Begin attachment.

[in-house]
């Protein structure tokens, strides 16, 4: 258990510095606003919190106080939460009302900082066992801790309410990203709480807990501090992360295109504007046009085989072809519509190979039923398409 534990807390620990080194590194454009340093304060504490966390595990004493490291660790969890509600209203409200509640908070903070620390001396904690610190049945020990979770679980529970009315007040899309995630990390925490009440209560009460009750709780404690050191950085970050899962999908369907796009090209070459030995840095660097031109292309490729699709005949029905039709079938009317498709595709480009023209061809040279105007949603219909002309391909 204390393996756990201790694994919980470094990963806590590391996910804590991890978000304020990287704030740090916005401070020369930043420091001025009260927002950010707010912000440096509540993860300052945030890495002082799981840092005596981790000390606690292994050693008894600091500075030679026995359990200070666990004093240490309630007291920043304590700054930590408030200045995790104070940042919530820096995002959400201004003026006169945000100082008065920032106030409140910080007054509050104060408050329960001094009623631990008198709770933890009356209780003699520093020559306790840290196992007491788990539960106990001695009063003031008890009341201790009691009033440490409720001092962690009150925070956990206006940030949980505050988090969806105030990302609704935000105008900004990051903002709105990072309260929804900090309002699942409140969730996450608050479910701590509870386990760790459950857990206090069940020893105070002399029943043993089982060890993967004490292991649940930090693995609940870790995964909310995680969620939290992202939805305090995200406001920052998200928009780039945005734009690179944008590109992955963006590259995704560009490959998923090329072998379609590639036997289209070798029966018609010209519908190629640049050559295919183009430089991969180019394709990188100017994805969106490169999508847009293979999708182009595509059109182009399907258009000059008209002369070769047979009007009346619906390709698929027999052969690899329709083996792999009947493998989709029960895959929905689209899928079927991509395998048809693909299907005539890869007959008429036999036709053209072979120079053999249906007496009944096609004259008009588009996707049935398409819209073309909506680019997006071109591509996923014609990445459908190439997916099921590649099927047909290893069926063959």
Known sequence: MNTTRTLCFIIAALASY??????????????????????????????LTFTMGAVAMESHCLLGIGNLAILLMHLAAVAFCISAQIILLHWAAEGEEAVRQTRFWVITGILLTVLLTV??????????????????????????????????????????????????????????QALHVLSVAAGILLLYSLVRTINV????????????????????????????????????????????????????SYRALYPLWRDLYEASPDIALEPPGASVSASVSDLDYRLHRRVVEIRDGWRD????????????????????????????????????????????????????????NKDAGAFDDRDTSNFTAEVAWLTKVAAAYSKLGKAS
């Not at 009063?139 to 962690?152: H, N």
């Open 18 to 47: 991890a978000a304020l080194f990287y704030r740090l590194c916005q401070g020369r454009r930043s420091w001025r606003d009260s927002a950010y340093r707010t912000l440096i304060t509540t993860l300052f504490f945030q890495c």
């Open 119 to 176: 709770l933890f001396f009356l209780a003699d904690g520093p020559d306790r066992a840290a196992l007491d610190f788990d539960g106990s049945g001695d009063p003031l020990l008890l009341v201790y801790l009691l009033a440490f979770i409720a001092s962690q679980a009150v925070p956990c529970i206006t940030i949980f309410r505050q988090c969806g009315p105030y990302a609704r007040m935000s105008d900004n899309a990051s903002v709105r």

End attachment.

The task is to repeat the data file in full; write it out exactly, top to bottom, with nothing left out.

[in-house]
């Protein structure tokens, strides 16, 4: 258990510095606003919190106080939460009302900082066992801790309410990203709480807990501090992360295109504007046009085989072809519509190979039923398409 534990807390620990080194590194454009340093304060504490966390595990004493490291660790969890509600209203409200509640908070903070620390001396904690610190049945020990979770679980529970009315007040899309995630990390925490009440209560009460009750709780404690050191950085970050899962999908369907796009090209070459030995840095660097031109292309490729699709005949029905039709079938009317498709595709480009023209061809040279105007949603219909002309391909 204390393996756990201790694994919980470094990963806590590391996910804590991890978000304020990287704030740090916005401070020369930043420091001025009260927002950010707010912000440096509540993860300052945030890495002082799981840092005596981790000390606690292994050693008894600091500075030679026995359990200070666990004093240490309630007291920043304590700054930590408030200045995790104070940042919530820096995002959400201004003026006169945000100082008065920032106030409140910080007054509050104060408050329960001094009623631990008198709770933890009356209780003699520093020559306790840290196992007491788990539960106990001695009063003031008890009341201790009691009033440490409720001092962690009150925070956990206006940030949980505050988090969806105030990302609704935000105008900004990051903002709105990072309260929804900090309002699942409140969730996450608050479910701590509870386990760790459950857990206090069940020893105070002399029943043993089982060890993967004490292991649940930090693995609940870790995964909310995680969620939290992202939805305090995200406001920052998200928009780039945005734009690179944008590109992955963006590259995704560009490959998923090329072998379609590639036997289209070798029966018609010209519908190629640049050559295919183009430089991969180019394709990188100017994805969106490169999508847009293979999708182009595509059109182009399907258009000059008209002369070769047979009007009346619906390709698929027999052969690899329709083996792999009947493998989709029960895959929905689209899928079927991509395998048809693909299907005539890869007959008429036999036709053209072979120079053999249906007496009944096609004259008009588009996707049935398409819209073309909506680019997006071109591509996923014609990445459908190439997916099921590649099927047909290893069926063959």
Known sequence: MNTTRTLCFIIAALASY??????????????????????????????LTFTMGAVAMESHCLLGIGNLAILLMHLAAVAFCISAQIILLHWAAEGEEAVRQTRFWVITGILLTVLLTV??????????????????????????????????????????????????????????QALHVLSVAAGILLLYSLVRTINV????????????????????????????????????????????????????SYRALYPLWRDLYEASPDIALEPPGASVSASVSDLDYRLHRRVVEIRDGWRD????????????????????????????????????????????????????????NKDAGAFDDRDTSNFTAEVAWLTKVAAAYSKLGKAS
């Not at 009063?139 to 962690?152: H, N």
């Open 18 to 47: 991890a978000a304020l080194f990287y704030r740090l590194c916005q401070g020369r454009r930043s420091w001025r606003d009260s927002a950010y340093r707010t912000l440096i304060t509540t993860l300052f504490f945030q890495c």
């Open 119 to 176: 709770l933890f001396f009356l209780a003699d904690g520093p020559d306790r066992a840290a196992l007491d610190f788990d539960g106990s049945g001695d009063p003031l020990l008890l009341v201790y801790l009691l009033a440490f979770i409720a001092s962690q679980a009150v925070p956990c529970i206006t940030i949980f309410r505050q988090c969806g009315p105030y990302a609704r007040m935000s105008d900004n899309a990051s903002v709105r």